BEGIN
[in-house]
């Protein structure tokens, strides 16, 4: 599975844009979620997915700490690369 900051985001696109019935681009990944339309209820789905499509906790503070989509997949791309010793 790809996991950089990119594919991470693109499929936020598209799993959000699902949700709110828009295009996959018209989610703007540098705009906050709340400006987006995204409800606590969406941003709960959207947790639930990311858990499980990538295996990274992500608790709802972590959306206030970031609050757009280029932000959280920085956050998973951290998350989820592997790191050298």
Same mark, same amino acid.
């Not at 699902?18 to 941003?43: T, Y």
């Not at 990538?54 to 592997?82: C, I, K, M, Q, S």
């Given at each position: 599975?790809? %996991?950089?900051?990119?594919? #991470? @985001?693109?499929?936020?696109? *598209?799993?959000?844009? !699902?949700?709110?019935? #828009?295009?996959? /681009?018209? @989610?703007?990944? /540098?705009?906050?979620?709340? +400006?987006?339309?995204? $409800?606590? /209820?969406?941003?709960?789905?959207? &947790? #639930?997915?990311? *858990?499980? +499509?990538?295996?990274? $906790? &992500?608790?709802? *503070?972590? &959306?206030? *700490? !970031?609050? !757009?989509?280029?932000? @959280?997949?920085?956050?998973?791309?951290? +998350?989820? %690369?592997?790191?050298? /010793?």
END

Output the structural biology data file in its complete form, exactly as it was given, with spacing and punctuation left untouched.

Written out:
[in-house]
């Protein structure tokens, strides 16, 4: 599975844009979620997915700490690369 900051985001696109019935681009990944339309209820789905499509906790503070989509997949791309010793 790809996991950089990119594919991470693109499929936020598209799993959000699902949700709110828009295009996959018209989610703007540098705009906050709340400006987006995204409800606590969406941003709960959207947790639930990311858990499980990538295996990274992500608790709802972590959306206030970031609050757009280029932000959280920085956050998973951290998350989820592997790191050298």
Same mark, same amino acid.
């Not at 699902?18 to 941003?43: T, Y």
């Not at 990538?54 to 592997?82: C, I, K, M, Q, S």
């Given at each position: 599975?790809? %996991?950089?900051?990119?594919? #991470? @985001?693109?499929?936020?696109? *598209?799993?959000?844009? !699902?949700?709110?019935? #828009?295009?996959? /681009?018209? @989610?703007?990944? /540098?705009?906050?979620?709340? +400006?987006?339309?995204? $409800?606590? /209820?969406?941003?709960?789905?959207? &947790? #639930?997915?990311? *858990?499980? +499509?990538?295996?990274? $906790? &992500?608790?709802? *503070?972590? &959306?206030? *700490? !970031?609050? !757009?989509?280029?932000? @959280?997949?920085?956050?998973?791309?951290? +998350?989820? %690369?592997?790191?050298? /010793?």